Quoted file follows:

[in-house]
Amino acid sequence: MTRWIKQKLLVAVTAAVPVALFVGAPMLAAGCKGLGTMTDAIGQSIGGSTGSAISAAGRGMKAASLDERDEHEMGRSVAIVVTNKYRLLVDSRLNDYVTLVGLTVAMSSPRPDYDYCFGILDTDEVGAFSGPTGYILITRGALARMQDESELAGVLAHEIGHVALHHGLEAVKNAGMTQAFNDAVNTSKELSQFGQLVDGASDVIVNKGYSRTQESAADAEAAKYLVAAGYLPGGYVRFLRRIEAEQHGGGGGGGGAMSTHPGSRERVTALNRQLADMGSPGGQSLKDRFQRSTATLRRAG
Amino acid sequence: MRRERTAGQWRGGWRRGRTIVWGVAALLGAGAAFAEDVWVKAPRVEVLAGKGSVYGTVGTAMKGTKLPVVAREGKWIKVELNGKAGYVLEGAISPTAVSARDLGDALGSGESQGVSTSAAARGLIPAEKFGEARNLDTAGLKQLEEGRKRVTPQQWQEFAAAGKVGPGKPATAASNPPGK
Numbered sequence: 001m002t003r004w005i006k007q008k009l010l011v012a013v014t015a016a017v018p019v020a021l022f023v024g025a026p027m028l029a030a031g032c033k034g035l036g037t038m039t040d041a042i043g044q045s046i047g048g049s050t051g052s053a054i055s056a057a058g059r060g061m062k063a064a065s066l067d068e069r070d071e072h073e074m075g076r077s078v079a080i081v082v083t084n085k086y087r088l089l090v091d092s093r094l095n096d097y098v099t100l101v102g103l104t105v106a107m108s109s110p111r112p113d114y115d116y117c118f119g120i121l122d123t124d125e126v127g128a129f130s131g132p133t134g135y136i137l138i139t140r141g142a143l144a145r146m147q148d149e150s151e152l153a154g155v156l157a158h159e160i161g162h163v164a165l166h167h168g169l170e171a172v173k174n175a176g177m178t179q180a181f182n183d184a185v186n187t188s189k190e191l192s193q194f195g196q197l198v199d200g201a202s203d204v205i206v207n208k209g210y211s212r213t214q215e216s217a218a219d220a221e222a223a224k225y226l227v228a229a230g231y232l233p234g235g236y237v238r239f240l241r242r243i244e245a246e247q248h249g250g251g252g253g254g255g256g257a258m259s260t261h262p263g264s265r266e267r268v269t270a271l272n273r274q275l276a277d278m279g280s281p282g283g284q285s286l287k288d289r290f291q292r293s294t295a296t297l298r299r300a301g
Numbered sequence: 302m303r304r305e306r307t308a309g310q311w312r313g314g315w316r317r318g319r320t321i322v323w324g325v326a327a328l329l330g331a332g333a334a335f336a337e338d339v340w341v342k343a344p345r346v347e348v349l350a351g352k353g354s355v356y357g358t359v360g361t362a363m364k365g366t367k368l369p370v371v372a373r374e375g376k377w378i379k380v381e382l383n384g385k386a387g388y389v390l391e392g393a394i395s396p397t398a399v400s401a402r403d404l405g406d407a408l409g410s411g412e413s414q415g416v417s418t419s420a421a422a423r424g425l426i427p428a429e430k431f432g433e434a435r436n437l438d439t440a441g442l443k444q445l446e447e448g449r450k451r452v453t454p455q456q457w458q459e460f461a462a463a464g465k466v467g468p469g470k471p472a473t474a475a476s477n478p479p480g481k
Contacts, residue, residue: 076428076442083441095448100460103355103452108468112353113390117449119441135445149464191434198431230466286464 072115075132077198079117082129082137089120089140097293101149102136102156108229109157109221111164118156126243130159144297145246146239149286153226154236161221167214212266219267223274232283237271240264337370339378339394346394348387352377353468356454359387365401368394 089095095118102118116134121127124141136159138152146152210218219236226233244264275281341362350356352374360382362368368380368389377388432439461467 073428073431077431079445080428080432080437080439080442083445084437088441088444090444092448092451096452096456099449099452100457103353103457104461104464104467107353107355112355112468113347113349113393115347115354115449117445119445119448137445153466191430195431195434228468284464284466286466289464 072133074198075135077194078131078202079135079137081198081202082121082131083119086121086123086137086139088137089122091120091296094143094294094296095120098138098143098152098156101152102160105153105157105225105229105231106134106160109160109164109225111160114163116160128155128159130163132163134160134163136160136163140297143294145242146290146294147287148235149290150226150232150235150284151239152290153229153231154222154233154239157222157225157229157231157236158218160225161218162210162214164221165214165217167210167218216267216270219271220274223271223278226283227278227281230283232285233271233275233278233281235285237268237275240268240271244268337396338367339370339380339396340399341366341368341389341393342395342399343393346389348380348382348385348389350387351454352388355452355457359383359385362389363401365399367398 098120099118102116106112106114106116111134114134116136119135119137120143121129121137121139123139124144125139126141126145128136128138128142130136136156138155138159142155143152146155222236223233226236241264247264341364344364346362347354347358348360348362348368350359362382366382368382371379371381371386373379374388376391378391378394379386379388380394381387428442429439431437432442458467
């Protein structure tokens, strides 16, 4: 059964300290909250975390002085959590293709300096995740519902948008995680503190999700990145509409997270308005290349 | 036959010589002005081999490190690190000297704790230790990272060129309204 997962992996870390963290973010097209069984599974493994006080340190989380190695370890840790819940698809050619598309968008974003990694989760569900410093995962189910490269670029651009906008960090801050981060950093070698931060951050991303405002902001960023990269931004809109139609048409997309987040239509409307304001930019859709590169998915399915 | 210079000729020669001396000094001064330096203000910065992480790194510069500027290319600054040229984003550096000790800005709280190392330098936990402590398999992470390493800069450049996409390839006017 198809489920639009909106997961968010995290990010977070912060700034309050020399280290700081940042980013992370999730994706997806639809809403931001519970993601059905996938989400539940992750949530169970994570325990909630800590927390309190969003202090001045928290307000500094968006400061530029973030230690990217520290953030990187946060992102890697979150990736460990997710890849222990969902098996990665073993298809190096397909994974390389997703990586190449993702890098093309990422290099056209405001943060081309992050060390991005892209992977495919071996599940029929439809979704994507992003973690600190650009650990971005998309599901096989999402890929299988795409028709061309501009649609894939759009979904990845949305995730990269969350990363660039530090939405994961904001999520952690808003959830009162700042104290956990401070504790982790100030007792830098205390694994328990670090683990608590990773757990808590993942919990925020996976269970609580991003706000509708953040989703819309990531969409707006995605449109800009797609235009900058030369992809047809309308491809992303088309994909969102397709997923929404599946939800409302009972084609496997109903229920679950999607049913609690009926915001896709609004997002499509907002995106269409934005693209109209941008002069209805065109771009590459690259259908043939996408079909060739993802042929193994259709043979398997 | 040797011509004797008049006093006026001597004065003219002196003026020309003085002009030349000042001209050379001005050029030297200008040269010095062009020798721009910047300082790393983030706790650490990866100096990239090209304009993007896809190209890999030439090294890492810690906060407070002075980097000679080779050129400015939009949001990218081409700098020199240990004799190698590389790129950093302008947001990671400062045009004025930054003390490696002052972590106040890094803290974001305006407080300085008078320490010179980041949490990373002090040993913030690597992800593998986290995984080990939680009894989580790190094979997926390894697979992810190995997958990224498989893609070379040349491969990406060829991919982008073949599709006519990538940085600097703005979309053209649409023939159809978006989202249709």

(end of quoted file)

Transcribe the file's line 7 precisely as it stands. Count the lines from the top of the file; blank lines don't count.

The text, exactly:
């Protein structure tokens, strides 16, 4: 059964300290909250975390002085959590293709300096995740519902948008995680503190999700990145509409997270308005290349 | 036959010589002005081999490190690190000297704790230790990272060129309204 997962992996870390963290973010097209069984599974493994006080340190989380190695370890840790819940698809050619598309968008974003990694989760569900410093995962189910490269670029651009906008960090801050981060950093070698931060951050991303405002902001960023990269931004809109139609048409997309987040239509409307304001930019859709590169998915399915 | 210079000729020669001396000094001064330096203000910065992480790194510069500027290319600054040229984003550096000790800005709280190392330098936990402590398999992470390493800069450049996409390839006017 198809489920639009909106997961968010995290990010977070912060700034309050020399280290700081940042980013992370999730994706997806639809809403931001519970993601059905996938989400539940992750949530169970994570325990909630800590927390309190969003202090001045928290307000500094968006400061530029973030230690990217520290953030990187946060992102890697979150990736460990997710890849222990969902098996990665073993298809190096397909994974390389997703990586190449993702890098093309990422290099056209405001943060081309992050060390991005892209992977495919071996599940029929439809979704994507992003973690600190650009650990971005998309599901096989999402890929299988795409028709061309501009649609894939759009979904990845949305995730990269969350990363660039530090939405994961904001999520952690808003959830009162700042104290956990401070504790982790100030007792830098205390694994328990670090683990608590990773757990808590993942919990925020996976269970609580991003706000509708953040989703819309990531969409707006995605449109800009797609235009900058030369992809047809309308491809992303088309994909969102397709997923929404599946939800409302009972084609496997109903229920679950999607049913609690009926915001896709609004997002499509907002995106269409934005693209109209941008002069209805065109771009590459690259259908043939996408079909060739993802042929193994259709043979398997 | 040797011509004797008049006093006026001597004065003219002196003026020309003085002009030349000042001209050379001005050029030297200008040269010095062009020798721009910047300082790393983030706790650490990866100096990239090209304009993007896809190209890999030439090294890492810690906060407070002075980097000679080779050129400015939009949001990218081409700098020199240990004799190698590389790129950093302008947001990671400062045009004025930054003390490696002052972590106040890094803290974001305006407080300085008078320490010179980041949490990373002090040993913030690597992800593998986290995984080990939680009894989580790190094979997926390894697979992810190995997958990224498989893609070379040349491969990406060829991919982008073949599709006519990538940085600097703005979309053209649409023939159809978006989202249709």